"…And that's what bothers me about Mordy. Do you see what I mean?" demanded the critical driver.

"No, I don't," replied the passenger. "I have enough issues of my own to deal with. I don't have time to worry about what's wrong with others."

Our Sages suggest that we perfect ourselves before pointing a finger at others. "Kashet et atzmecha - adorn yourself" - is the priority. It is wise to look in the mirror before you look out the window. The job of self-improvement, you will find, is overwhelming. It certainly doesn't leave room for non-stop criticism of others. (One Minute With Yourself - Rabbi Raymond Beyda)

* * * * *

A quick tip to boost the power of your prayer. Hazal tell us (Masechet Baba Kama Daf 92A) that Hashem loves the tefilot of one Jew for another so much that anyone who prays on behalf of a fellow Jew with similar needs will have his prayer answered first. A special service has now begun to provide people with names of others who find themselves in a similar predicament. You can call with complete anonymity and get the name of someone to pray for and give the name of someone that needs our prayers. The name of the service is Kol Hamitpalel. Categories include: Marriage; Income; Health; To have children etc.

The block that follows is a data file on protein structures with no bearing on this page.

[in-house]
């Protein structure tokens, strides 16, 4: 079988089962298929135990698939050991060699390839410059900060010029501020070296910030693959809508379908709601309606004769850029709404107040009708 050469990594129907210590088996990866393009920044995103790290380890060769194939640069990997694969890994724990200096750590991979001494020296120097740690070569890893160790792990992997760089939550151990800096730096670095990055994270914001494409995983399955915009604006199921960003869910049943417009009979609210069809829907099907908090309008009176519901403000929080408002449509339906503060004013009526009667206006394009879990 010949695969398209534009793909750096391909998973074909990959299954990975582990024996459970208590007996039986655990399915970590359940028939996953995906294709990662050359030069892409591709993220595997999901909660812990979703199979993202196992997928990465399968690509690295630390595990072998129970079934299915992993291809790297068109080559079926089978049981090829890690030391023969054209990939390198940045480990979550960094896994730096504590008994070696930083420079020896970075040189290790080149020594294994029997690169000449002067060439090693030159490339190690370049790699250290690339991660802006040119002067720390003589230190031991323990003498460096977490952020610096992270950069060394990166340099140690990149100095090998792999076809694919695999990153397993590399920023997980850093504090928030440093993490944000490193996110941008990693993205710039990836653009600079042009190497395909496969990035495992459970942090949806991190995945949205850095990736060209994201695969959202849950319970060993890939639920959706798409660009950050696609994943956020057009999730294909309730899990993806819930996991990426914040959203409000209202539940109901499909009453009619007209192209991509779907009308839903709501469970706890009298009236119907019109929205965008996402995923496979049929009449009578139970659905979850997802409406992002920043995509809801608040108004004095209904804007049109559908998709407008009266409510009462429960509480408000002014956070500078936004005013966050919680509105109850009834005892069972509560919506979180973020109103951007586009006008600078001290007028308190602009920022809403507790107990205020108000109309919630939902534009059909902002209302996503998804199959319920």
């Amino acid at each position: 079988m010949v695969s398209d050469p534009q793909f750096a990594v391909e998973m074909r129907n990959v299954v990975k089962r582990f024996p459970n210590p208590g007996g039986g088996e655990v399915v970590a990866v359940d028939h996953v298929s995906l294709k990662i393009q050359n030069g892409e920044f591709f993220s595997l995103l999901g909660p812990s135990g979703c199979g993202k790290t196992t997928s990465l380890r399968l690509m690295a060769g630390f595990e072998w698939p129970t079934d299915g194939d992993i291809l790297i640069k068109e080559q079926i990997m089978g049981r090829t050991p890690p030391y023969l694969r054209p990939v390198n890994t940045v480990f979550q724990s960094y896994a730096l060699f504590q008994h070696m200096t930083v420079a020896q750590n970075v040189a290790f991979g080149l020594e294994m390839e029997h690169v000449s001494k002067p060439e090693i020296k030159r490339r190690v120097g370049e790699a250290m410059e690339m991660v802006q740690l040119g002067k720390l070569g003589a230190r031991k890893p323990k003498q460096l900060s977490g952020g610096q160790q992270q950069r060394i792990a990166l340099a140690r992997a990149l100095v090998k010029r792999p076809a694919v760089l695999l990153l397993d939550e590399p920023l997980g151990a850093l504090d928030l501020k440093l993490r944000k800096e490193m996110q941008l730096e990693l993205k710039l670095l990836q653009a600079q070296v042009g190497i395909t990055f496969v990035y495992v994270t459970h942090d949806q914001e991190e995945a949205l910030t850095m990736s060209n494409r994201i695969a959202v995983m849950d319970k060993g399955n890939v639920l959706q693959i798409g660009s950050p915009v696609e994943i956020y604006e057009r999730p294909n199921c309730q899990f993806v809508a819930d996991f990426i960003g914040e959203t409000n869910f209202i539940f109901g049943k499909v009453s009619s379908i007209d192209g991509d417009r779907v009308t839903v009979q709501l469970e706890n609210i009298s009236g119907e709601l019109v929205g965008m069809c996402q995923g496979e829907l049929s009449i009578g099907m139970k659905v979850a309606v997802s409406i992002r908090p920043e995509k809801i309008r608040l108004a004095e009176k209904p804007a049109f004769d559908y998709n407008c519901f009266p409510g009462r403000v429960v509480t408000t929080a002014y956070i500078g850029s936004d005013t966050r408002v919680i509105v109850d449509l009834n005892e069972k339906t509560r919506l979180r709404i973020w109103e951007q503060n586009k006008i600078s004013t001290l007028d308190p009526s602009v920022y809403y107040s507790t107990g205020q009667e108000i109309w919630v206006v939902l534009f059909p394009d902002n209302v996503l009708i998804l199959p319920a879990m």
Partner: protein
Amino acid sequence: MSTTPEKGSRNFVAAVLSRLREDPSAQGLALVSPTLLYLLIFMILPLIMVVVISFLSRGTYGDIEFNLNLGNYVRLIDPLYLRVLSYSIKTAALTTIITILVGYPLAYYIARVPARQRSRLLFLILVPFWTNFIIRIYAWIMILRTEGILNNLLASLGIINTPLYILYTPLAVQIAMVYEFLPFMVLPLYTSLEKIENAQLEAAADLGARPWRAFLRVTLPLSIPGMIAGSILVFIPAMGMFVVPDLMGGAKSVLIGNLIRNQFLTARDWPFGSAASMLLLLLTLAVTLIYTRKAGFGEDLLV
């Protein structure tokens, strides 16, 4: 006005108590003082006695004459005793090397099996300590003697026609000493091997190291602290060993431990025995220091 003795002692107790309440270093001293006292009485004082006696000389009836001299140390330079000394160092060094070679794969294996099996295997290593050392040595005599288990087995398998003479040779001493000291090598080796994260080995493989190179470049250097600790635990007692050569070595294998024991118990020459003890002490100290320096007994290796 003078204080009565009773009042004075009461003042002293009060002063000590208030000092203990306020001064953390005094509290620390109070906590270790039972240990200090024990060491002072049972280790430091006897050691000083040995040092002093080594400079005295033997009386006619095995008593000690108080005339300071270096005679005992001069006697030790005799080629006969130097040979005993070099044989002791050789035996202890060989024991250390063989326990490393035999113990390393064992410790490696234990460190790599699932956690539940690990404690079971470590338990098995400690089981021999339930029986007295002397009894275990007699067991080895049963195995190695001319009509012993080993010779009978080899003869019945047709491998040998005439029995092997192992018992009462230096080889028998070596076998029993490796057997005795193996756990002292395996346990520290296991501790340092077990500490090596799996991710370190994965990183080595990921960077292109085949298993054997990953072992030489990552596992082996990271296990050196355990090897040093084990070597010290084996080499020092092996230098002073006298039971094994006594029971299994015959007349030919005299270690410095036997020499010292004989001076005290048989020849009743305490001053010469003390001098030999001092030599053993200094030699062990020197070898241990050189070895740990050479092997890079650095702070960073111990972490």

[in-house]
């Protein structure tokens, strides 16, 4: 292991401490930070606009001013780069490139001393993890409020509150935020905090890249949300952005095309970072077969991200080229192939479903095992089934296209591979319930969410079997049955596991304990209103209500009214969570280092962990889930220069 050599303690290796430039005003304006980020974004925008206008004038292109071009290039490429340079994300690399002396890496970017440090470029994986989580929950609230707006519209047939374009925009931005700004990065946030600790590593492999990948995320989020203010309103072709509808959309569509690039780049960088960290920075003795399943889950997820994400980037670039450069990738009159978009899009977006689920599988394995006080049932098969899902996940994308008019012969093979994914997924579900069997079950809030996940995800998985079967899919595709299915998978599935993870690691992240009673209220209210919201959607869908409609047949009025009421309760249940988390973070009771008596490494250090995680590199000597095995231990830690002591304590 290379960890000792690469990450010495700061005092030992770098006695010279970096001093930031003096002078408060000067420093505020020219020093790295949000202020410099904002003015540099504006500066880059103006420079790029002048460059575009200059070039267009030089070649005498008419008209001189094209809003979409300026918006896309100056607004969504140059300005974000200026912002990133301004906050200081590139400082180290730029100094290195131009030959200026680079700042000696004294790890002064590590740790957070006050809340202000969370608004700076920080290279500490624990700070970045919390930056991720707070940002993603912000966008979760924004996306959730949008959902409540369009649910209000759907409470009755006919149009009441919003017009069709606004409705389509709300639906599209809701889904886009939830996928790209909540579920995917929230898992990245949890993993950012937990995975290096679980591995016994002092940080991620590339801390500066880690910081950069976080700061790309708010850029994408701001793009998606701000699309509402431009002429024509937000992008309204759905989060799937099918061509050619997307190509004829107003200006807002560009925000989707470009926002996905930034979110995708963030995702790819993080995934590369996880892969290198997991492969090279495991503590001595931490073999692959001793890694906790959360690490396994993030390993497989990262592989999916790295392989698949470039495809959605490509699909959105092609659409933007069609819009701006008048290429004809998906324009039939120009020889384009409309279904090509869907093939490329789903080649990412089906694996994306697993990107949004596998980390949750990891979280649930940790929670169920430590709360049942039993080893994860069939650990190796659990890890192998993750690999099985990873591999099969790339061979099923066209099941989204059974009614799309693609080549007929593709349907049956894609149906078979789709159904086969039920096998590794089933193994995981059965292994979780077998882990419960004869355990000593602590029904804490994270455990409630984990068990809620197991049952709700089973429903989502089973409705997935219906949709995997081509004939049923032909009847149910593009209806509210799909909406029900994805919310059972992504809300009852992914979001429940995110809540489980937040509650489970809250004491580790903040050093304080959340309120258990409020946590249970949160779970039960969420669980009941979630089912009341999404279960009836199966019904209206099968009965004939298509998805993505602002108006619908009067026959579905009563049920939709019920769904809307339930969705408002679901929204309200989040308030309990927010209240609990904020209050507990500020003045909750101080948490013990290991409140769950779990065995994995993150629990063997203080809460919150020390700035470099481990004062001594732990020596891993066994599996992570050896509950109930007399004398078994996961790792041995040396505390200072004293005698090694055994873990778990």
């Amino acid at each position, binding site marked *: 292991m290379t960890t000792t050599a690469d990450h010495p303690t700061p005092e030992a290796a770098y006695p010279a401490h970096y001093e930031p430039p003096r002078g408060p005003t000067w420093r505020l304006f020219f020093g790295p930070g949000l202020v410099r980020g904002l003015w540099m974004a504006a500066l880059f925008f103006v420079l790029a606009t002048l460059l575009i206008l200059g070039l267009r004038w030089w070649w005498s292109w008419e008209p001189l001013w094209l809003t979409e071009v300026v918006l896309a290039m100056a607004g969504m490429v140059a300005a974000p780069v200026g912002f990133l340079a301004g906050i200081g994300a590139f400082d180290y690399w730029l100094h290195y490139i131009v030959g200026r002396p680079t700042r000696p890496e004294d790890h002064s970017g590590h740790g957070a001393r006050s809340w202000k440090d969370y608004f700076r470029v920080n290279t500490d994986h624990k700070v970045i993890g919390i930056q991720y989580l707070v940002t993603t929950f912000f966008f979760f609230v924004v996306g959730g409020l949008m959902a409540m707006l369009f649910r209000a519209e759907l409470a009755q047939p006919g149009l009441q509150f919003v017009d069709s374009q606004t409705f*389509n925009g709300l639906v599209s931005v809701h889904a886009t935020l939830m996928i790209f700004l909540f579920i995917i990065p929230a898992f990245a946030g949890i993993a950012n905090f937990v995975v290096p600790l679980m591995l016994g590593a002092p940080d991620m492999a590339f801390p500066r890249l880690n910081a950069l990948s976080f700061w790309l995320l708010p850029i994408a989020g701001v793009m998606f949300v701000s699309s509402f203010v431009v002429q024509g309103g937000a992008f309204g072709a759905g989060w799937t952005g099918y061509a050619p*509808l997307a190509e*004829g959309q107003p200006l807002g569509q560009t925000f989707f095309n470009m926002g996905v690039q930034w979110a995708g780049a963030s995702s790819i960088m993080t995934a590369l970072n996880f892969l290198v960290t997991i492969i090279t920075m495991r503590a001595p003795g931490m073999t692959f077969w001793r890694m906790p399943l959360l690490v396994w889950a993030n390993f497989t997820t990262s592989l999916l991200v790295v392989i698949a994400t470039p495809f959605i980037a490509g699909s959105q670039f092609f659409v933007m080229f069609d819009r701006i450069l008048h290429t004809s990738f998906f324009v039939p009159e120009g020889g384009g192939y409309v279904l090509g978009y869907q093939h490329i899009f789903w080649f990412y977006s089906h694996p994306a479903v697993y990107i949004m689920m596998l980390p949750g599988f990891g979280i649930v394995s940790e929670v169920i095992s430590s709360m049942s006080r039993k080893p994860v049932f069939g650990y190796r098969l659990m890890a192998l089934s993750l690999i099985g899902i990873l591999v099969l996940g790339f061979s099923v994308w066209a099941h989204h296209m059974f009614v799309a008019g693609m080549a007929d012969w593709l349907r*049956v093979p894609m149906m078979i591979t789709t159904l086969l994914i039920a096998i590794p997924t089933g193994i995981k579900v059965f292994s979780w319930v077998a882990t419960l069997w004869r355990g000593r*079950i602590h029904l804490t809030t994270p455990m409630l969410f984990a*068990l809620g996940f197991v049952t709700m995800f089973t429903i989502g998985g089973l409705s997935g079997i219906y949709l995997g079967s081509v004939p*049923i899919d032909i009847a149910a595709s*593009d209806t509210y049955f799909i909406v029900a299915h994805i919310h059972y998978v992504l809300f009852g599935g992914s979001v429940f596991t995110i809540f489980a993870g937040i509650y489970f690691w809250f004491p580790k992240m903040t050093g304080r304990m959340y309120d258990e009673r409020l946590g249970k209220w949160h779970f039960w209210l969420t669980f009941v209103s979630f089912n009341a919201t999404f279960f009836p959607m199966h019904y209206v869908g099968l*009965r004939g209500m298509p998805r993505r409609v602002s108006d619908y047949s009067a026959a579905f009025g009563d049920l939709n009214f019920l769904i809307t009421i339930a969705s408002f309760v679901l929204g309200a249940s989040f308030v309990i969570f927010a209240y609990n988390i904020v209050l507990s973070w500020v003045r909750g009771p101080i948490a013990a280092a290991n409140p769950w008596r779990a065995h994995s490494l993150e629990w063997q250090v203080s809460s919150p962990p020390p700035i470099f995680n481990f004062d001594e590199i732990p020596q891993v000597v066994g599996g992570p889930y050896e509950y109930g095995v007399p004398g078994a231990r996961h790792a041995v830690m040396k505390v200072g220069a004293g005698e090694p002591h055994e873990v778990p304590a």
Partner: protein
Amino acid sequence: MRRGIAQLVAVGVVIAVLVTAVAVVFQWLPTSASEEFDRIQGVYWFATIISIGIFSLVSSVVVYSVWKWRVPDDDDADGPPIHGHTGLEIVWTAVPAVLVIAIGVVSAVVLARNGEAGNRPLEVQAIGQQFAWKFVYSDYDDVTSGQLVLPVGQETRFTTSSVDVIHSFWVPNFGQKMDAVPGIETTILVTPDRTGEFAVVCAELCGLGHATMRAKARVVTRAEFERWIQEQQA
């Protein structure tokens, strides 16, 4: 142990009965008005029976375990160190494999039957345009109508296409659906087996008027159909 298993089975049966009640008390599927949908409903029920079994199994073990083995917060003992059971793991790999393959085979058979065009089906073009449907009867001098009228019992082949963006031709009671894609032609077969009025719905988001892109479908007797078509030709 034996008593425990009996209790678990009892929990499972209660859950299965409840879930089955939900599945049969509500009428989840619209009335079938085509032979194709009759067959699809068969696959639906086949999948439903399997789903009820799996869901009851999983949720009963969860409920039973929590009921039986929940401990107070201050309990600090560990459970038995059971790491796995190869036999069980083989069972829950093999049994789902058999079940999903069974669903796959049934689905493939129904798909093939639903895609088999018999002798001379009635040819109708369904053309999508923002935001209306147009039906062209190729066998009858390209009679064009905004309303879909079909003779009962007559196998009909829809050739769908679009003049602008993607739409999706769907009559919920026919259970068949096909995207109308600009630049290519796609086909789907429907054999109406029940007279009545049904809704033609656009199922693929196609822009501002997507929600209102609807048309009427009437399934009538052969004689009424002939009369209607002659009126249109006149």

Call to 646-279-8712 or email (Privacy of email limited by the email address)

Please pass this message along. Tizku L'misvot.